I review the historical operating statements. I look specifically for trends in the numbers. I also look for large swings in the numbers from one year to the next and if I find something that looks odd, I ask the seller for an explanation. Based on the historical operating statements, I then generate my own pro forma. Since any purchase I make is a value-add play, I estimate the market rents after the completion of the capital improvements.
4. I size the loan
One of the more common mistakes of investing in commercial real estate is not fully understanding the importance the lender has on a property’s return on investment. Now I know what you’re thinking. “Doug, of course the lender is important to a property’s ROI. The lower the interest rate the higher the ROI. Duh.” Yes, that’s true but that’s not what I’m referring to.
Maybe even more critical to a property’s return on investment is the size of the loan. It’s the lender that ultimately determines the loan size. Not the pro forma found in the marketing flyer, nor the buyer’s proposed budget. It’s the lender. And without having an accurate estimate of the loan amount, the buyer doesn’t know how much cash is required at closing. And how much equity that’s required to purchase the property is a key factor in determining the property’s cash-on-cash return.
This is not an academic exercise. As an investor the sizing of the loan is a critical component for calculating the property’s return on investment. That’s why it’s important to understand that lenders have rules of thumb that they use in their underwriting guidelines. It has the potential of significantly affecting the property’s cash-on-cash return. Not all lenders have the same rules of thumb. That would be too easy. Generally there are seven rules of thumb that most lenders will use to determine the loan amount. So the next step in the process is to apply these rules of thumb to the property I’m analyzing to get a good estimate of the loan amount.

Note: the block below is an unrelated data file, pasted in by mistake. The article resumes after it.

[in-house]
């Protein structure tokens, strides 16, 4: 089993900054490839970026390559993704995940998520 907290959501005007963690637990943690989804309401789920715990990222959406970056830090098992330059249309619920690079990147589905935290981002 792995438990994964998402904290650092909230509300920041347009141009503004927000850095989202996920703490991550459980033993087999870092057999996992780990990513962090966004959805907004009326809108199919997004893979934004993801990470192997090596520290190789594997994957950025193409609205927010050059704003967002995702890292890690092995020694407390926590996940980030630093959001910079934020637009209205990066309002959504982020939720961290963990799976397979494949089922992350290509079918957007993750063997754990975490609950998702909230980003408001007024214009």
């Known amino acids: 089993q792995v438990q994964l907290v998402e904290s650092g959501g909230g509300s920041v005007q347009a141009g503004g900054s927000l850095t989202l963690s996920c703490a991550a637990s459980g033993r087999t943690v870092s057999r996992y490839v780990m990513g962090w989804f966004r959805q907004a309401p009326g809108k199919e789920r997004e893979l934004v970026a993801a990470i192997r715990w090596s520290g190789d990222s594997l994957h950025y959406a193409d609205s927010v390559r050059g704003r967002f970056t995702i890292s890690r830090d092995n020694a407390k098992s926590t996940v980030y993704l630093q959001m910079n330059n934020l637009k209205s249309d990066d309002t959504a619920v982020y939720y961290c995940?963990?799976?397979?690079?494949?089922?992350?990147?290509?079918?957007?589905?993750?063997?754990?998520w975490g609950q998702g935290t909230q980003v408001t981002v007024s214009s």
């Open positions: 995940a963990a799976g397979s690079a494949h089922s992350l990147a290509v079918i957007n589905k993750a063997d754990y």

If you would like a copy of the Excel spreadsheet that I use to size a loan based on these seven rules of thumb, click this link: Property Investing Analysis Spreadsheet.
The Final Decision – The Property’s Investment Return
Now that I have an understanding of the property’s story and I’ve run the numbers including an estimate of the loan amount, the last piece of the puzzle is to evaluate a property’s return on my initial investment. Is it worth buying? Is the return sufficient to make an offer?
In the third and final part of the series l discuss why I favor using a more simplistic Cash-on-Cash Return instead of the more sophisticated Internal Rate of Return. I’m going to let you in on a poorly kept secret: I’m not a fan of using IRR for the buy/no buy decision which I will discuss in my next blog post.
Those are my thoughts. I welcome yours. What criteria do you use to decide if you should purchase a rental property?